Yet, we now get reports that proposals for the US government to oversee siting of high power transmission lines is generating a backlash from states that want more control over such plans because they might not directly benefit from the high power lines. That includes New Jersey, where wind power facilities are planned and the high power transmission lines might end up being cheaper than the offshore power generating facilities.
Governor Corzine joined governors from nine other Atlantic coast states in opposing the idea. Sen. Bob Menendez, D-N.J., voted against a major energy bill because of it.This goes to the heart of improving the nation's energy infrastructure and the need to provide new and additional power transmission capabilities is needed to reduce the likelihood of blackouts and provide an ongoing reliable power supply for the nation's insatiable need for power.
And the heads of the state's Sierra Club chapter and its biggest electric company, who are fighting in court over other power plant issues, are united against it.
New Jersey leaders who support global warming laws are against new proposed power lines to carry wind and solar power from sparsely populated plains and deserts to big cities.
They all say the plan, intended to promote renewable energy from wind, solar and geothermal sources, could derail offshore wind energy projects already under way in the East, and open new markets for coal, one of the most carbon-dioxide intensive fuels.
The proposal is envisioned as a way to tap the wind whipping down the plains and the sun baking the desert to power major population centers on the East and West coasts. No transmission-line routes have been laid out yet, and it is not clear how Congress will handle the issue.
Backers, including a former Nevada regulator now running the Federal Energy Regulatory Commission and Senate Majority Leader Harry Reid, D-Nev., say the nation's energy future requires giving the federal government new power over siting and cost-sharing.
"The Achilles' heel of renewable energy is transmission," FERC Chairman Jon Wellinghoff told a forum sponsored by Energy Daily in Washington last month. "Many of the clean resources are located far from consumers."
States currently control siting issues, and it is understandable states might oppose high-voltage towers across their land if the states are not benefiting directly. But advocates for giving FERC the power to site power lines, even if states object, say that reducing the billions of dollars spent on oil from countries that are not friendly to the United States, and shifting to energy that produces less carbon, provide national benefits that justify federal authority and regional cost-sharing.
In fact, PSE&G's head made the following claim:
You could end up with transmission lines that are economically unjustified and environmentally self-defeating.Really? How about a massive expenditure on an offshore wind power project that would be far cheaper if done onshore? How about the environmental costs of a wind power project that necessarily has to be spread over a wide geographic area to provide the power comparable to an existing conventionally powered (coal, gas, or even nuclear) facility? No, this comes down to money, and PSE&G is concerned about competition from out-of-state wind power and other power sources that would be cheaper than in-state sources.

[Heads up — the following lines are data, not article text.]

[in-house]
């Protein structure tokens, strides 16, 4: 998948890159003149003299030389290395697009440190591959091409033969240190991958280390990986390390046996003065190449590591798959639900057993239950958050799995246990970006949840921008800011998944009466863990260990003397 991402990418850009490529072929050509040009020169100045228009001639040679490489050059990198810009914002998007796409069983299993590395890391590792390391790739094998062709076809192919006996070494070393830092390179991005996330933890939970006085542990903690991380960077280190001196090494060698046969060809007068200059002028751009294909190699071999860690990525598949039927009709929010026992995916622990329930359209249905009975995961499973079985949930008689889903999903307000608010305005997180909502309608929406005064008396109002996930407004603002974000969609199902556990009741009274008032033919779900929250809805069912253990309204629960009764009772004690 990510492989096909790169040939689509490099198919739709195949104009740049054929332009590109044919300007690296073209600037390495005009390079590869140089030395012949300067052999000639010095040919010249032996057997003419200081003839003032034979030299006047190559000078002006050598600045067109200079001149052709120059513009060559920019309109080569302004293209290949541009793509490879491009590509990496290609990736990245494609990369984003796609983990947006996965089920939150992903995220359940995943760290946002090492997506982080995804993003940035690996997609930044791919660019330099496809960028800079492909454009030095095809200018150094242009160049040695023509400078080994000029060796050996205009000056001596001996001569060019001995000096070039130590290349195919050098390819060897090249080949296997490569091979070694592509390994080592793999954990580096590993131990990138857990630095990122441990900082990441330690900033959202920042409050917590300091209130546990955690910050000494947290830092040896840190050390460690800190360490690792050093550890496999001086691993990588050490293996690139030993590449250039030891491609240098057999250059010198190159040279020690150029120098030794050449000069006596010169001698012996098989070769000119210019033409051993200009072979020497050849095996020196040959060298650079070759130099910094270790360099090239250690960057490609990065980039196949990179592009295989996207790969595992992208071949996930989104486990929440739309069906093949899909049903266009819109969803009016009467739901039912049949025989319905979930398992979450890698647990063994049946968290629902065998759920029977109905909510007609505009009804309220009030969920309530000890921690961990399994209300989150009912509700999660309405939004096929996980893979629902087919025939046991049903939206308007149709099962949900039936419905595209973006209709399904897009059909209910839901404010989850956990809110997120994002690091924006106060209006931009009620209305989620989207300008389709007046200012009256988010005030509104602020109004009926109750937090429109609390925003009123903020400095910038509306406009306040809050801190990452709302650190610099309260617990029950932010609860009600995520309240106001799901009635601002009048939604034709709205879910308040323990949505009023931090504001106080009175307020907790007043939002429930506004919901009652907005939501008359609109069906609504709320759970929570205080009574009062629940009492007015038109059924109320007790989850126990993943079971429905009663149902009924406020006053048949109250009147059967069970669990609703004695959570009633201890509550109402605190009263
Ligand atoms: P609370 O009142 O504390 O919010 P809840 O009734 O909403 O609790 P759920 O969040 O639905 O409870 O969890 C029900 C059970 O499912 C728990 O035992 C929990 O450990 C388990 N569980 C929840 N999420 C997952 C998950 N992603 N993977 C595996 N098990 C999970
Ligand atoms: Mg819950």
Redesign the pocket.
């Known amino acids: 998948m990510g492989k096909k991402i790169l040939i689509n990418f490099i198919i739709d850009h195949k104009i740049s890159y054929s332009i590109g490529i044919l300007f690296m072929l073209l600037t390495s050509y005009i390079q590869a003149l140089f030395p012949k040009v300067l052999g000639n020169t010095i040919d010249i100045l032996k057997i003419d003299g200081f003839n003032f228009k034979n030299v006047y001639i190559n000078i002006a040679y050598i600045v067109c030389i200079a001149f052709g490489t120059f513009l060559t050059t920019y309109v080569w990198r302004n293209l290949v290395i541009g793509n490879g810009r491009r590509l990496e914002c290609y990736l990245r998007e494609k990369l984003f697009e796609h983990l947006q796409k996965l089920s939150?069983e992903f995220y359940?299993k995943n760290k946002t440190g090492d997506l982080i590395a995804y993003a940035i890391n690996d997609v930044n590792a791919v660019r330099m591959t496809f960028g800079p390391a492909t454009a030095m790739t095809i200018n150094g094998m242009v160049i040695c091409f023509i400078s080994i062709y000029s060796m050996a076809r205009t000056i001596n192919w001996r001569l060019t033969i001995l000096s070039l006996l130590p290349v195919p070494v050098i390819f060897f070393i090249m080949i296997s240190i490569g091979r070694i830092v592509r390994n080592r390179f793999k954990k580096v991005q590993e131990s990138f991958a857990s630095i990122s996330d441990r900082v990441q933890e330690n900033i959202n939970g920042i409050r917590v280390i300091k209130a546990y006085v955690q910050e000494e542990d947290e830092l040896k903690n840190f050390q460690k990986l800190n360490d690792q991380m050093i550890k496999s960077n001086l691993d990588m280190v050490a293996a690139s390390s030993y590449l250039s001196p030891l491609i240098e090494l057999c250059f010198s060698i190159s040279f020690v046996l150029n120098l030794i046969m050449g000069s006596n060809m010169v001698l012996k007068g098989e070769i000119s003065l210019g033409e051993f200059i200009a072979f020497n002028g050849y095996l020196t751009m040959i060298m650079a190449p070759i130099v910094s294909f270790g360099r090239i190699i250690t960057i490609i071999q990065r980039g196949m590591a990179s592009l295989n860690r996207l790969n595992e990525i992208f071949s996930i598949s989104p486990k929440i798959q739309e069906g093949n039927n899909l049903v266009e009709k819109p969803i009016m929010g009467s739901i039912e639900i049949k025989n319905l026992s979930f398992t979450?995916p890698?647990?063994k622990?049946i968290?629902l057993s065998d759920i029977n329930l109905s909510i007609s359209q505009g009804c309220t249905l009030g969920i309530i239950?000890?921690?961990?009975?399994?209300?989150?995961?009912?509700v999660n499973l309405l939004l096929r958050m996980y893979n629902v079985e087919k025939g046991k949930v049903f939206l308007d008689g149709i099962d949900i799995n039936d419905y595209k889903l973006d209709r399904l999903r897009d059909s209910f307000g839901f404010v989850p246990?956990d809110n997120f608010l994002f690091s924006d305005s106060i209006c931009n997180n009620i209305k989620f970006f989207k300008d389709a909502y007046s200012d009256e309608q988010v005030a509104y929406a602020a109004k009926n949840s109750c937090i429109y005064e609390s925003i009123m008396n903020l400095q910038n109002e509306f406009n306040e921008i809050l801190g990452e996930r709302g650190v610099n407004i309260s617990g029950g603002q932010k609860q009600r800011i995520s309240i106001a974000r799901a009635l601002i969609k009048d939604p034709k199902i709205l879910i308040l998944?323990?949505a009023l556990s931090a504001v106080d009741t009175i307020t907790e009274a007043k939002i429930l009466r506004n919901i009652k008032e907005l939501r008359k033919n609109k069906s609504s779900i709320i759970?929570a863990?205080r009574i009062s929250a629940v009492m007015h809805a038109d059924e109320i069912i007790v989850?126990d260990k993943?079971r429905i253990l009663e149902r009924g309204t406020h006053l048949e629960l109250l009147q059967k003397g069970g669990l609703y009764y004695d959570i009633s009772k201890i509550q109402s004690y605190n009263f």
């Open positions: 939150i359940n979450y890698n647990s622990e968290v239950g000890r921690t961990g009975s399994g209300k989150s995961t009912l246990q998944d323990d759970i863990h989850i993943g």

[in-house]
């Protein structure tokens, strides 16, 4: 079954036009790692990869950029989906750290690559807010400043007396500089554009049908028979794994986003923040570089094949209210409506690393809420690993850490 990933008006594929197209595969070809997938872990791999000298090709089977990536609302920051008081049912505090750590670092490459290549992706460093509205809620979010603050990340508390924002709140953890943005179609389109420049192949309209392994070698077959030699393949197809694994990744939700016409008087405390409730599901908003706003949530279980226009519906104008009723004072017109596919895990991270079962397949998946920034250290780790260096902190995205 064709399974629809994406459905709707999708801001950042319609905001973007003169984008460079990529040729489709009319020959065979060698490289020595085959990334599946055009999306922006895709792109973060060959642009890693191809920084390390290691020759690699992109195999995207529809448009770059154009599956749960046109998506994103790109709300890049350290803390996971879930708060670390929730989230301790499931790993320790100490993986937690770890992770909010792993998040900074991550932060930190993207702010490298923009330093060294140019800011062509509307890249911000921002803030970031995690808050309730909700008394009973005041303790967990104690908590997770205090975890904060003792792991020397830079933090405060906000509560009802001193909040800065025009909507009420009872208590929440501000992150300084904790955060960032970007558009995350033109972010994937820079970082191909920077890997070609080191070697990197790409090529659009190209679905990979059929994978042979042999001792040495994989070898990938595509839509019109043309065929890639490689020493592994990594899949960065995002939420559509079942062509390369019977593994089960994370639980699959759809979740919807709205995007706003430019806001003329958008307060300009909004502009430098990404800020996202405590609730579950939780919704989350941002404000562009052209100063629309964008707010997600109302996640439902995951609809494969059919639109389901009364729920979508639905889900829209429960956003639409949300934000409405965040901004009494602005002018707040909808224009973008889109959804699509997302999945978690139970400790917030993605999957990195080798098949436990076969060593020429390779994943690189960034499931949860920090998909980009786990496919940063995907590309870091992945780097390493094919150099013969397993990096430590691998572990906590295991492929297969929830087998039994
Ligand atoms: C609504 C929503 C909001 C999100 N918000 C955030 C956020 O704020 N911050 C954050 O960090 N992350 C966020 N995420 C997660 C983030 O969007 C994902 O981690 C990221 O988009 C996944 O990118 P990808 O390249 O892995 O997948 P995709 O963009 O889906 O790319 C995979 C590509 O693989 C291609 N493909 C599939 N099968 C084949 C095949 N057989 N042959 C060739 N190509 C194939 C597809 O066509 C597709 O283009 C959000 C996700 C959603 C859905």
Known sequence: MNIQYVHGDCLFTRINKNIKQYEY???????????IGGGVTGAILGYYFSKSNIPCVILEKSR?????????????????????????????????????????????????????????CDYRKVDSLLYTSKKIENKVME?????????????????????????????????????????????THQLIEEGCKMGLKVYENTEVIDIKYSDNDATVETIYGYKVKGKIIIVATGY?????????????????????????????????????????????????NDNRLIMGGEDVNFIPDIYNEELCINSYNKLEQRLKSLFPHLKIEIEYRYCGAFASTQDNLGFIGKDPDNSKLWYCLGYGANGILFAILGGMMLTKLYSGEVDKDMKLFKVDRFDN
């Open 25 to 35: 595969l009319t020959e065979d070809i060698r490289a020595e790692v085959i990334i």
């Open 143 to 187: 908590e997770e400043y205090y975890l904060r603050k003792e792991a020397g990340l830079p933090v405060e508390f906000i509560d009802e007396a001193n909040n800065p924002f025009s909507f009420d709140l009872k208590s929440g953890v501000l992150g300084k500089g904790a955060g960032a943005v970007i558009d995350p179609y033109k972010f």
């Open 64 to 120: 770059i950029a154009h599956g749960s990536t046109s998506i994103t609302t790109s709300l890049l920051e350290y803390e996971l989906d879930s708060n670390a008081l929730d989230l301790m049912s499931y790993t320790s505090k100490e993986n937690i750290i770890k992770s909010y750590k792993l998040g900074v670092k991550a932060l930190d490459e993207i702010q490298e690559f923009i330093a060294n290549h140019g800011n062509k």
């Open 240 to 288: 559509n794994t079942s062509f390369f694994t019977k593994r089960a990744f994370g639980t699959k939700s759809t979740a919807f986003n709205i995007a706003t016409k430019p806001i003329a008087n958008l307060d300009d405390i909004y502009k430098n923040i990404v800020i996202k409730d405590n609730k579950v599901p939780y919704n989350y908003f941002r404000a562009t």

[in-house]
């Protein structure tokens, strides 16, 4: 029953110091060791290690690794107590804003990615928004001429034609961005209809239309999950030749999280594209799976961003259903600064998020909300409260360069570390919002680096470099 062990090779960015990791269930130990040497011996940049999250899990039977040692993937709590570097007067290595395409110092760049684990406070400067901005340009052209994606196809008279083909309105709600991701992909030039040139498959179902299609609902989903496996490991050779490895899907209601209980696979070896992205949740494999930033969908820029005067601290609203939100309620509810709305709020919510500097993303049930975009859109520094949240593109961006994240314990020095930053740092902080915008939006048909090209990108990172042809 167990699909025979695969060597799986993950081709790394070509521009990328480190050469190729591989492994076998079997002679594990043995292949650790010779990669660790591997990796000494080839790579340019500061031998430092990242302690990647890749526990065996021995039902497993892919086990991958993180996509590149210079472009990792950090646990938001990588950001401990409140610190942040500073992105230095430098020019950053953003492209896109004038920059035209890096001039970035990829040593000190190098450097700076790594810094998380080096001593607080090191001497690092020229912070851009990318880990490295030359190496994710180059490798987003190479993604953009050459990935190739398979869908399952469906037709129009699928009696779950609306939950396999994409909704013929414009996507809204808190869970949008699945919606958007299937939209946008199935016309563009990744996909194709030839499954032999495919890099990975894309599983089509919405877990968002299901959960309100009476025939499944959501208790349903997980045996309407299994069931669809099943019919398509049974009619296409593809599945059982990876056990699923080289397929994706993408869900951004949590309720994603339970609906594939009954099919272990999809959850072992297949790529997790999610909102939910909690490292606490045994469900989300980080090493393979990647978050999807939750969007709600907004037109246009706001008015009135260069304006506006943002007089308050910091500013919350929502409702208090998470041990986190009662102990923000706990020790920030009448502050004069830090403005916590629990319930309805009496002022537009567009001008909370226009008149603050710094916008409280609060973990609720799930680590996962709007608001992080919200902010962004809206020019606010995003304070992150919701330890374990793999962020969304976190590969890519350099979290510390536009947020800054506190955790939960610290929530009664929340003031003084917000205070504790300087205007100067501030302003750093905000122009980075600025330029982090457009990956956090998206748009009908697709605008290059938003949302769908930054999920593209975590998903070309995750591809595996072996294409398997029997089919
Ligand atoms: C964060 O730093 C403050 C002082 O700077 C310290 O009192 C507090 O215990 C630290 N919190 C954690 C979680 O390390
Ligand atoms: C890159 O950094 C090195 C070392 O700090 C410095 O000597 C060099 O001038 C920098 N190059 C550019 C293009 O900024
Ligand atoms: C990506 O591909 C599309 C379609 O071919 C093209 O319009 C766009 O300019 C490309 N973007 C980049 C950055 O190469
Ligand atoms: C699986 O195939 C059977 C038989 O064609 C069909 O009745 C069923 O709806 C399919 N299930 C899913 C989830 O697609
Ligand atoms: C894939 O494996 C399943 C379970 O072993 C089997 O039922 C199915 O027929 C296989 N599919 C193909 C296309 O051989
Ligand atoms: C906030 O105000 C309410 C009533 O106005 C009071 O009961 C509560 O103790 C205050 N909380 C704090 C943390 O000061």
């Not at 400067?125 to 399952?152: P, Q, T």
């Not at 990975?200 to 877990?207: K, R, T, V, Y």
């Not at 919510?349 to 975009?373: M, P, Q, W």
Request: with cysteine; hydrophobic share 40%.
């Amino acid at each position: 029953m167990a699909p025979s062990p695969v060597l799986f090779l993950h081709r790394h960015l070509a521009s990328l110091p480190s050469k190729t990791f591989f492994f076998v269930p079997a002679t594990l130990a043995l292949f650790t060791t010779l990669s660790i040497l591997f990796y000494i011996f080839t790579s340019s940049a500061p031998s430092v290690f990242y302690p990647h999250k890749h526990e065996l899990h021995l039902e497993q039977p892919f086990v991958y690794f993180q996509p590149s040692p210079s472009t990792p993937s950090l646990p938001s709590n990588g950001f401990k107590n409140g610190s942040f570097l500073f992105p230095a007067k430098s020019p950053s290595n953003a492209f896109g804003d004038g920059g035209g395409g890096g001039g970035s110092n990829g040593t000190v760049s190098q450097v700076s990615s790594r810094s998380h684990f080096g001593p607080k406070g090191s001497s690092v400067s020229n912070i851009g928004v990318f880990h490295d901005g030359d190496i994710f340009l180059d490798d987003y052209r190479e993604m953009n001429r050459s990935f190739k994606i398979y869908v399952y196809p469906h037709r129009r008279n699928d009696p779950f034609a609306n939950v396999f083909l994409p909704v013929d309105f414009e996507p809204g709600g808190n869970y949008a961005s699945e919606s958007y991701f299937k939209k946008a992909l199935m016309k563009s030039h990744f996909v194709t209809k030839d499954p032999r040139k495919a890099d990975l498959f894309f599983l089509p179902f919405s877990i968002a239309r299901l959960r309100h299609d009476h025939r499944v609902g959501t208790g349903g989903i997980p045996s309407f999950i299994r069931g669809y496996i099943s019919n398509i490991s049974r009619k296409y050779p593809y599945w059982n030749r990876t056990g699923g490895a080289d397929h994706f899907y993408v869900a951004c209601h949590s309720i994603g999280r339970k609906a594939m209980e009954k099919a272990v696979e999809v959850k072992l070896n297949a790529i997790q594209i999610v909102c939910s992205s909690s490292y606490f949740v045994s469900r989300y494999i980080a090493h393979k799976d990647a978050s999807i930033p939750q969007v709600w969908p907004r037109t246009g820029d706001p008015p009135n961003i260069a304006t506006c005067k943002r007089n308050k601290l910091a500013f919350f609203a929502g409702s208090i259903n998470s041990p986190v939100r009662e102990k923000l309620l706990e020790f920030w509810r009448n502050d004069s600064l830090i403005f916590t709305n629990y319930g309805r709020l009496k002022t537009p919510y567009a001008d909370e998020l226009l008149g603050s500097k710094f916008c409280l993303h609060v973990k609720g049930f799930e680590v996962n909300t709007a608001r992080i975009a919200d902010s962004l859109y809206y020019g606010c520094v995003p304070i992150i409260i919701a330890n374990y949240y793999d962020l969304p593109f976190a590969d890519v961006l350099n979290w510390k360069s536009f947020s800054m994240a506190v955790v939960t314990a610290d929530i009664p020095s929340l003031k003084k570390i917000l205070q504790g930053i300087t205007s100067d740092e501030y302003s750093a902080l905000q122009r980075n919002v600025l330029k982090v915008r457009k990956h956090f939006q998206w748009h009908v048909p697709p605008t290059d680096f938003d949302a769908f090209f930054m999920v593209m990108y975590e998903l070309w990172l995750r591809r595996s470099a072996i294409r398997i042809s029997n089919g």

The nation needs improved energy generation from clean sources, whether it is nuclear or renewable power - hydro, wind, or solar. It also needs new and expanded power transmission capabilities, and states looking to protect their own interests continues to thwart the improved energy infrastructure.
One of the reasons new power transmission lines are needed is because the construction of onshore (and offshore) wind power projects require linking up to the existing grid, and the sites often chosen around the nation for such projects are not near existing high power transmission lines. The lack of a high power transmission line played a role in killing a wind power project in Texas by T. Boone Pickens. The land-use needs for wind power necessitate the need for additional high power transmission lines, in addition to the needs to upgrade and reinforce the existing grid. When the transmission lines aren't built, they kill the wind power projects.
Moreover, the transmission line policy actually pits Gov. Corzine against the Obama Administration, which has sought to improve the nation's energy infrastructure through the latest regulatory efforts.
Note too that the New Jersey politicians, including Gov. Corzine, are opposed to power transmission lines that would improve the transmission of power generated by renewables despite their claimed preference for such renewable energy production.
The fact is that if these power lines are built, they would increase the competition and drive down the costs - and it would provide additional backup for power production regionally and nationwide. It would also allow PSE&G to consider shutting down their most polluting energy production facilities and to concentrate on cleaner technologies at their remaining facilities.